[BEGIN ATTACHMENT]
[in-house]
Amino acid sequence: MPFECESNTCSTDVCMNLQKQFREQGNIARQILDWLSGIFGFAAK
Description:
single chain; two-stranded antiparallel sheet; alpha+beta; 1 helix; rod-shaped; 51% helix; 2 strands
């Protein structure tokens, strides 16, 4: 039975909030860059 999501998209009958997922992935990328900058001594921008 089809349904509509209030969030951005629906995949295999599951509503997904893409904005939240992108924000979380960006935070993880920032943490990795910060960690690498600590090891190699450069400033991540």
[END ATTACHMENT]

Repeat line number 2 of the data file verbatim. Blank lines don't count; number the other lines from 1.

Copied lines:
Amino acid sequence: MPFECESNTCSTDVCMNLQKQFREQGNIARQILDWLSGIFGFAAK